Is your head spinning yet? You think you've got problems understanding? You haven't been systematically poisoned. Imagine what it's like for the patient. In short, I'd taken about four more of the damn things than I should. No wonder I was leaking like a punctured downpipe in a cyclone.
And Dexamethasone- well, that's the thing that sent the Bear's last partner into a diabetic coma. Talking about tramping on thin ice.
Anyway, to quote Pooh Bear, supposing it didn't; I didn't go into a coma, and even if I had high sugars back then, they must have settled down.
I won't be overdosing on the Dex again, believe me.
Dr Goodguy, on the other hand, was nothing but pleased with me at our three-monthly checkup this morning. My scar has healed up just fine, my shoulder movement is great, there's no sign of anything untoward happening in the other boob and he doesn't want to see me for another six months.
We chatted a bit about the radiotherapy, and he was pretty strongly in favour of radiating my armpit. (Dammit. But really, I've decided to do it anyway.)
"Look, you're in the grey area," he explained. "If you had only five or so positive lymph nodes, I'd say definitely no. If they were nearly all positive, I'd say definitely yes. You're in the middle. But my feeling is, do it. We can manage any lymphoedema if and when it happens..."
I filled in the missing clause in the silence: ...better than we can manage a recurrence of the cancer.
Yeah, okay. I get it.
We talked about reconstruction, too. He gave me some pamphlets, a DVD and the bad news.
"I'd definitely recommend flap surgery over implants after radiotherapy, and also for someone with a larger breast size like you. The chance of complications with the implants after radiotherapy are just too high."
"So flap surgery- when would you do that, and where would you take the flap from?"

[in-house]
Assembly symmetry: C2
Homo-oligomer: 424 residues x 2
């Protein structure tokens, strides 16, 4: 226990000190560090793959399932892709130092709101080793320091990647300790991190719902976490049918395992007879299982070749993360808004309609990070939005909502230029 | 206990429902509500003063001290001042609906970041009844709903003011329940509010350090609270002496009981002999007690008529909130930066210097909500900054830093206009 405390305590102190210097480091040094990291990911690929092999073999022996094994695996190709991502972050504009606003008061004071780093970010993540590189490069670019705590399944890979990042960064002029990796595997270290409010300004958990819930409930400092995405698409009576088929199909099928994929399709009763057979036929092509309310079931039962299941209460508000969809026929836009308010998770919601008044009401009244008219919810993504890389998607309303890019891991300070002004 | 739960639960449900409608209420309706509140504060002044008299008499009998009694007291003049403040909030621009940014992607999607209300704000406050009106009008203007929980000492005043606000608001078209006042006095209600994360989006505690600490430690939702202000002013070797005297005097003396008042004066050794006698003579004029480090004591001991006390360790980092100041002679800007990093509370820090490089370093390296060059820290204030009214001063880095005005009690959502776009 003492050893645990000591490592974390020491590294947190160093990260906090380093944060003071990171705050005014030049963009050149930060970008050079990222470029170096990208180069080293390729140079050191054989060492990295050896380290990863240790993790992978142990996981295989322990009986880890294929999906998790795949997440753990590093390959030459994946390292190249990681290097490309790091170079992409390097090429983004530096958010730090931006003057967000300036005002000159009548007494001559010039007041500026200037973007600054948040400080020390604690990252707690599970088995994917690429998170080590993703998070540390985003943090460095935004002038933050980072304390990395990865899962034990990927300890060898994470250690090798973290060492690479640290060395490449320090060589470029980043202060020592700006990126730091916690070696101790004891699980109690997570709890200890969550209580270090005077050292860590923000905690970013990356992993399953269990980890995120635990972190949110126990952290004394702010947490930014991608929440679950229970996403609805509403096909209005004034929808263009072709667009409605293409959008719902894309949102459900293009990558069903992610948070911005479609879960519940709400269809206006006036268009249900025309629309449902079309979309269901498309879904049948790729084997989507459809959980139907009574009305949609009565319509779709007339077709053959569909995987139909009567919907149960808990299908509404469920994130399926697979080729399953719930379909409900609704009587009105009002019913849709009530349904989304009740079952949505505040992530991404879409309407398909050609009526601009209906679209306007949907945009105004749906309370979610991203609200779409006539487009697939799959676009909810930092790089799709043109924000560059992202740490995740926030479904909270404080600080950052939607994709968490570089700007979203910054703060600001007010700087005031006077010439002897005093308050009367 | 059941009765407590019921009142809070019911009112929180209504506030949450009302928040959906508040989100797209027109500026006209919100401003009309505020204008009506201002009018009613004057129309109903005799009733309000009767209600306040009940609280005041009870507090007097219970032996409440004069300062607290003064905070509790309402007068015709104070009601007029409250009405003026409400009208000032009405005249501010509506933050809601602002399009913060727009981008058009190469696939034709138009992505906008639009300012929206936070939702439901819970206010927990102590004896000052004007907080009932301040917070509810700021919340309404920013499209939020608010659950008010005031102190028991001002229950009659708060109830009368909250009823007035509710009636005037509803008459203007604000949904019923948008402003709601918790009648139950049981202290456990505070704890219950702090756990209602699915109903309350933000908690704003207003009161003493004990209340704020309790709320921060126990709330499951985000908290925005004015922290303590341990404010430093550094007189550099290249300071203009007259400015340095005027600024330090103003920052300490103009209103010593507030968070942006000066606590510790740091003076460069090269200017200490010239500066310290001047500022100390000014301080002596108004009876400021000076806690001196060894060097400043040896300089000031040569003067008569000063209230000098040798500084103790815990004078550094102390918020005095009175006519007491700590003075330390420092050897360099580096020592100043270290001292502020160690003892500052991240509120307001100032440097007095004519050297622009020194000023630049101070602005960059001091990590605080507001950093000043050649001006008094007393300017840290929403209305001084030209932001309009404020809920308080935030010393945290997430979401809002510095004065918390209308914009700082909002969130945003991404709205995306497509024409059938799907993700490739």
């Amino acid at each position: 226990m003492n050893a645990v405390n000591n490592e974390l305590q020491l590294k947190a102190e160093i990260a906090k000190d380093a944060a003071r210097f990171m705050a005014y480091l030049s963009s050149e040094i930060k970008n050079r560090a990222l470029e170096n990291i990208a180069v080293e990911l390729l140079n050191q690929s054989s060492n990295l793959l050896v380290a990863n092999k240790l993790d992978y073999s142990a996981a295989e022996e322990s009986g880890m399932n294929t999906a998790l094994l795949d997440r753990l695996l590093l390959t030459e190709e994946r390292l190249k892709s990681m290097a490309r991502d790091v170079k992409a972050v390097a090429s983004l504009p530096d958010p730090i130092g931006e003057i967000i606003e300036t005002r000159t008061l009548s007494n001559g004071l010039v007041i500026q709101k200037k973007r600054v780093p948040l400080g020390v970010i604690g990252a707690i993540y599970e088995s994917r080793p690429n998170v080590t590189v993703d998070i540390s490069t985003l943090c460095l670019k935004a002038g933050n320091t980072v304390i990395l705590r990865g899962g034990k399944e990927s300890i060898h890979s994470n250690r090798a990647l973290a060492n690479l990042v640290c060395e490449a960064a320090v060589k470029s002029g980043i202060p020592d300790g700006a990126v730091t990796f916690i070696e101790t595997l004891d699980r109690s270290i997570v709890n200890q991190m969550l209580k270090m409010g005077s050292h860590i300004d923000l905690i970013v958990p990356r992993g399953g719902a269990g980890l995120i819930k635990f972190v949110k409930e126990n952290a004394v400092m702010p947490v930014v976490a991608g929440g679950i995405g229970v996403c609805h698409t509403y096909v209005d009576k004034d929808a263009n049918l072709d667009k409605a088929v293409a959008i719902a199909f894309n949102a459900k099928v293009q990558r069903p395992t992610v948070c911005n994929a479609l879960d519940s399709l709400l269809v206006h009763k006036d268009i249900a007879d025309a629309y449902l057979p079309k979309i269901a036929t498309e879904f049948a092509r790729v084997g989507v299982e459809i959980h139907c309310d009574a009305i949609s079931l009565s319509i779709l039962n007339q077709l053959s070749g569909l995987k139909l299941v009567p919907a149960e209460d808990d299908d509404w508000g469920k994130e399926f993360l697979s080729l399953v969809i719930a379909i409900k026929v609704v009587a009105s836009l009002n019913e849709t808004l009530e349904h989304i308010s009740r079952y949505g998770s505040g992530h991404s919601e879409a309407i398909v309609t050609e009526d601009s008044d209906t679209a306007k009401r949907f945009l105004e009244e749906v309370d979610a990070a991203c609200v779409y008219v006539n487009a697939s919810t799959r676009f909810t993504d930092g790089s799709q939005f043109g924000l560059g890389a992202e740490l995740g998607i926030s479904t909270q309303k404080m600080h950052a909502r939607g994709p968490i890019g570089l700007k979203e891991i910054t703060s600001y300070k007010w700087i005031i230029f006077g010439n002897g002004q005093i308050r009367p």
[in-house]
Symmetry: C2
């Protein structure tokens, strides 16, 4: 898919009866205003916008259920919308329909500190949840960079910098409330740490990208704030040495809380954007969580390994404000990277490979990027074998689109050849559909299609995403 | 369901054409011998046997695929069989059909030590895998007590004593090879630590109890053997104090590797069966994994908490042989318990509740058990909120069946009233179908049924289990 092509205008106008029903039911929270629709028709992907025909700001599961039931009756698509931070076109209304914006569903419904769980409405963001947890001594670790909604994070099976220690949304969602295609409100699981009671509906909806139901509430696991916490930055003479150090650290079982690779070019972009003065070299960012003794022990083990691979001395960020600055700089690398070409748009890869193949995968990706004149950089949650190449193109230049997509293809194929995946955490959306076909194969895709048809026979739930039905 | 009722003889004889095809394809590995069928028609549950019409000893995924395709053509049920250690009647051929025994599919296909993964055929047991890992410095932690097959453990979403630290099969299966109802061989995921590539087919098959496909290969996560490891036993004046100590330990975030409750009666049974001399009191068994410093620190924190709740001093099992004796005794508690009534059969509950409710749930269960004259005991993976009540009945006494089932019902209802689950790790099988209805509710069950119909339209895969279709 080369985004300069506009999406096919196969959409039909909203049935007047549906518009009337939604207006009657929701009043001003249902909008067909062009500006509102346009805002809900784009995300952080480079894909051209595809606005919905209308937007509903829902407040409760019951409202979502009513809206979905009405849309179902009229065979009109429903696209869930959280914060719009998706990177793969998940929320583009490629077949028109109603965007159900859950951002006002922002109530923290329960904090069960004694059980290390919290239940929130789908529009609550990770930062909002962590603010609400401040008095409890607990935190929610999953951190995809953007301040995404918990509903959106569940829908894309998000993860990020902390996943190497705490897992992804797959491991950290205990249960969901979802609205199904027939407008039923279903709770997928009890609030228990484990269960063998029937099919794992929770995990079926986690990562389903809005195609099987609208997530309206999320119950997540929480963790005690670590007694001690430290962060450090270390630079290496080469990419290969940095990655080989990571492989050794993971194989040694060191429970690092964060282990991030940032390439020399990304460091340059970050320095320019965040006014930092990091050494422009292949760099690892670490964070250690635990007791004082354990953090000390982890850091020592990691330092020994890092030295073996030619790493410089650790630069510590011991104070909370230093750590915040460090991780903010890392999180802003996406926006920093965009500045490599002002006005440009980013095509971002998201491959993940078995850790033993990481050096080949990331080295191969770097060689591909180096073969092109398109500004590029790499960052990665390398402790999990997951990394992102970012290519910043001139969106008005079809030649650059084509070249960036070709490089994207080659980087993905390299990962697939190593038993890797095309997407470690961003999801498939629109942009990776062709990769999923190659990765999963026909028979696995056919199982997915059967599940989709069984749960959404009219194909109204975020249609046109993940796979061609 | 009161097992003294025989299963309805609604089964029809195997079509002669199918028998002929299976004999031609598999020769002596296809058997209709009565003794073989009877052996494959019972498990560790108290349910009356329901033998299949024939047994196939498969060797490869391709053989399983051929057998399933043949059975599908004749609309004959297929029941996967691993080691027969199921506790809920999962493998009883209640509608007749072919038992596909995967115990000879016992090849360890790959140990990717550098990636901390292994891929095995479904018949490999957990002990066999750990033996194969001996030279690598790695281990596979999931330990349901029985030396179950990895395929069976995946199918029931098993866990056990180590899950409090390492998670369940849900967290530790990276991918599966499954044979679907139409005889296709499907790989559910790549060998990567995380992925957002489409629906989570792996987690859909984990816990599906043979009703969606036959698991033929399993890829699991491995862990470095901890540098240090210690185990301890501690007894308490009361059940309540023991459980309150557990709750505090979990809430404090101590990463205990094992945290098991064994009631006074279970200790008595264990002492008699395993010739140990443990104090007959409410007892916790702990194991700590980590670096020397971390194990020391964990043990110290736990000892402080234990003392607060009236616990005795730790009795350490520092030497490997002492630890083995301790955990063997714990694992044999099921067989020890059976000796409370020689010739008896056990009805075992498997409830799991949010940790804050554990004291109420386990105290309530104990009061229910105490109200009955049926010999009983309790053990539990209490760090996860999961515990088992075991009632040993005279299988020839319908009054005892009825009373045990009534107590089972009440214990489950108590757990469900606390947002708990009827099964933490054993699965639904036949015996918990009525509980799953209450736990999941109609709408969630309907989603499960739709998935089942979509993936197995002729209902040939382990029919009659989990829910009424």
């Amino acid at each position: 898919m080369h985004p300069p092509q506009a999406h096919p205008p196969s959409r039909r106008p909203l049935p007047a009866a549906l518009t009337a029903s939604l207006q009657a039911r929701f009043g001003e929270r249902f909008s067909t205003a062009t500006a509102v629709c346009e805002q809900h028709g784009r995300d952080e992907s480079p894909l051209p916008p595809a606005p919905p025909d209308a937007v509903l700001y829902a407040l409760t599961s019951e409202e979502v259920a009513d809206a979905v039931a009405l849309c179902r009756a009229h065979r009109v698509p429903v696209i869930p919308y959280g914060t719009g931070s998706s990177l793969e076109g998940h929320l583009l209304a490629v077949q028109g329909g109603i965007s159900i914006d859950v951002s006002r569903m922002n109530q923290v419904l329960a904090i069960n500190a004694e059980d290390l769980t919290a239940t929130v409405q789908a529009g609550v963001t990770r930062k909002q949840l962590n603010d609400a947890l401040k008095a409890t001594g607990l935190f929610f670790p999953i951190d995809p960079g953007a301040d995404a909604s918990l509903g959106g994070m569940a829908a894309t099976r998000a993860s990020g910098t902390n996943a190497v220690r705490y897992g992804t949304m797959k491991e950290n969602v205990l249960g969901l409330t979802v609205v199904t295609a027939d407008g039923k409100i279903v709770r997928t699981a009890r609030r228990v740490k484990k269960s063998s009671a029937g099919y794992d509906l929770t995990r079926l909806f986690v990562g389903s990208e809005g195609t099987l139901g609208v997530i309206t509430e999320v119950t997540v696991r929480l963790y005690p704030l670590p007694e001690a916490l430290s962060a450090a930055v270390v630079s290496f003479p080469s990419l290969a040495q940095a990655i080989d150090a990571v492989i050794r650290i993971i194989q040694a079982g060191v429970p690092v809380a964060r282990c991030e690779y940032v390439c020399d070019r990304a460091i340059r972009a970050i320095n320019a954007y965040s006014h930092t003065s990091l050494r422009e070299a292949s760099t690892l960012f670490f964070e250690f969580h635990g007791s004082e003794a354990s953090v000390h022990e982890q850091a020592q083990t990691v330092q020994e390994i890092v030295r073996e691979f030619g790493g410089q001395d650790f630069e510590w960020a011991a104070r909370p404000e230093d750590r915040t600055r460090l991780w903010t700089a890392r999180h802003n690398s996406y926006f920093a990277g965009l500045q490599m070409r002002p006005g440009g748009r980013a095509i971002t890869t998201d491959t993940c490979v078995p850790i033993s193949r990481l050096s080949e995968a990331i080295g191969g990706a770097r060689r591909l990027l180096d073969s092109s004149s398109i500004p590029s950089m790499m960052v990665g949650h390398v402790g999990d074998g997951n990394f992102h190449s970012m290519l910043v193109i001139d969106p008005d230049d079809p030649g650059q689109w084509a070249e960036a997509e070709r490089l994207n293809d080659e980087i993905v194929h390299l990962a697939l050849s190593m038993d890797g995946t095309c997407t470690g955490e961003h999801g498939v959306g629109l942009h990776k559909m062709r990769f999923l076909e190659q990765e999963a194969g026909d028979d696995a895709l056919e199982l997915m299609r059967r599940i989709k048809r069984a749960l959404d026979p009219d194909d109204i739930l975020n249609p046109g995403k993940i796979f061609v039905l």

"Oh, I don't do that. I'd have to send you off to someone who specialises in it. It's not one of my areas of expertise, and I don't dabble. I do things properly or not at all."
The sound of my bottom lip hitting the floor was probably audible.
Double bugger. In fact, triple fucking bugger.
I don't want anyone else messing with my breasts. I want Dr Goodguy- and not just because he doesn't charge a gap, either. It's because I know how bloody skilful he is.
I tried to recover my composure. "So where would you send me?"
"The Gold Coast, or a capital city."
"My son's in Sydney."
"That's definitely an option."
And then we went back to let's worry about that when we come to it, let's get through the radiotherapy first, etc etc. But I'm still a bit shattered.
So the hot blonde will have to (a) wait six to twelve months after radiotherapy finishes and (b) travel to the big smoke to get her cleavage back. I guess the wait justifies the cost of the prosthesis, anyway; let's think positive.
And as the Bear pointed out in the car as we drove home, "I can't imagine he'd refer you to an idiot."
Point taken, Bear.
So that's about all the news from this hot blonde for today, though I probably should show you my hot fingernails. Red hot.
I guess it's the Doxorubicin that's made them look like this. For some reason my nails aren't doing any of the things they told me would happen- I don't have ridges across them, one for each treatment, and they're certainly not turning black or threatening to split or fall off.
Yet. Touch wood.
If the truth be told, it's probably the best my fingernails have ever looked (if you discount the red stripe). Just think- I could be transformed into some sort of fashion plate by the end of this, sitting around all day in my blonde wig moisturising and making up my face, exercising faithfully each morning, massaging my arms to keep my skin supple and smooth, rubbing cuticle cream into my fingertips, painting my nails...
...as my brother would say, "squadron of pigs cleared for take-off."